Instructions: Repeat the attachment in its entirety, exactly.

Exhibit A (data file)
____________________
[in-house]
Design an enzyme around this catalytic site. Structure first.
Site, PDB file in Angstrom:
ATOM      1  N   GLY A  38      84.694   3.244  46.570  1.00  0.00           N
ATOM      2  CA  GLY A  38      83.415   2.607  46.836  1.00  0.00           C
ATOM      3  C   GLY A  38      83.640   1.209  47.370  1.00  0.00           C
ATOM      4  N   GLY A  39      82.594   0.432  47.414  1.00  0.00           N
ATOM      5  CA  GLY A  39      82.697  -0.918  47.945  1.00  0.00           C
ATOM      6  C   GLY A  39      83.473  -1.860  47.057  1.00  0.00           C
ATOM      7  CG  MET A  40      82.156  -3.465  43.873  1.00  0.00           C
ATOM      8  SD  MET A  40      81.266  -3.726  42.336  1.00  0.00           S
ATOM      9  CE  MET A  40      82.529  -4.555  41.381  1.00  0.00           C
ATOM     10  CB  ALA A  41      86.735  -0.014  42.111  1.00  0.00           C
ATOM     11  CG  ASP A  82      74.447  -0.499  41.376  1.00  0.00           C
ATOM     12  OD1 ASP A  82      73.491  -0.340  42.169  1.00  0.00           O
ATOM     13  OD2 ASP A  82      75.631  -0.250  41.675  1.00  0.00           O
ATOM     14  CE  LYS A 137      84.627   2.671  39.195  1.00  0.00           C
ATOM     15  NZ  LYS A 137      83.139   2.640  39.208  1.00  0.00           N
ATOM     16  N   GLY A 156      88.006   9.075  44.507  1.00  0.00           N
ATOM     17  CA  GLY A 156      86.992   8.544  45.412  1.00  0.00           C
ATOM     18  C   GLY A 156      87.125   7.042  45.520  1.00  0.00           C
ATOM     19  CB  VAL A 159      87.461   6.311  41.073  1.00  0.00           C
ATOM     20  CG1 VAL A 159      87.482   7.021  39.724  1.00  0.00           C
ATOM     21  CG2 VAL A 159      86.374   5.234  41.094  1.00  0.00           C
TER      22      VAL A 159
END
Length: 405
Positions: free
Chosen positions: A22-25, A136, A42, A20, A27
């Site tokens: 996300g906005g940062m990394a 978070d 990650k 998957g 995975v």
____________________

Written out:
[in-house]
Design an enzyme around this catalytic site. Structure first.
Site, PDB file in Angstrom:
ATOM      1  N   GLY A  38      84.694   3.244  46.570  1.00  0.00           N
ATOM      2  CA  GLY A  38      83.415   2.607  46.836  1.00  0.00           C
ATOM      3  C   GLY A  38      83.640   1.209  47.370  1.00  0.00           C
ATOM      4  N   GLY A  39      82.594   0.432  47.414  1.00  0.00           N
ATOM      5  CA  GLY A  39      82.697  -0.918  47.945  1.00  0.00           C
ATOM      6  C   GLY A  39      83.473  -1.860  47.057  1.00  0.00           C
ATOM      7  CG  MET A  40      82.156  -3.465  43.873  1.00  0.00           C
ATOM      8  SD  MET A  40      81.266  -3.726  42.336  1.00  0.00           S
ATOM      9  CE  MET A  40      82.529  -4.555  41.381  1.00  0.00           C
ATOM     10  CB  ALA A  41      86.735  -0.014  42.111  1.00  0.00           C
ATOM     11  CG  ASP A  82      74.447  -0.499  41.376  1.00  0.00           C
ATOM     12  OD1 ASP A  82      73.491  -0.340  42.169  1.00  0.00           O
ATOM     13  OD2 ASP A  82      75.631  -0.250  41.675  1.00  0.00           O
ATOM     14  CE  LYS A 137      84.627   2.671  39.195  1.00  0.00           C
ATOM     15  NZ  LYS A 137      83.139   2.640  39.208  1.00  0.00           N
ATOM     16  N   GLY A 156      88.006   9.075  44.507  1.00  0.00           N
ATOM     17  CA  GLY A 156      86.992   8.544  45.412  1.00  0.00           C
ATOM     18  C   GLY A 156      87.125   7.042  45.520  1.00  0.00           C
ATOM     19  CB  VAL A 159      87.461   6.311  41.073  1.00  0.00           C
ATOM     20  CG1 VAL A 159      87.482   7.021  39.724  1.00  0.00           C
ATOM     21  CG2 VAL A 159      86.374   5.234  41.094  1.00  0.00           C
TER      22      VAL A 159
END
Length: 405
Positions: free
Chosen positions: A22-25, A136, A42, A20, A27
């Site tokens: 996300g906005g940062m990394a 978070d 990650k 998957g 995975v």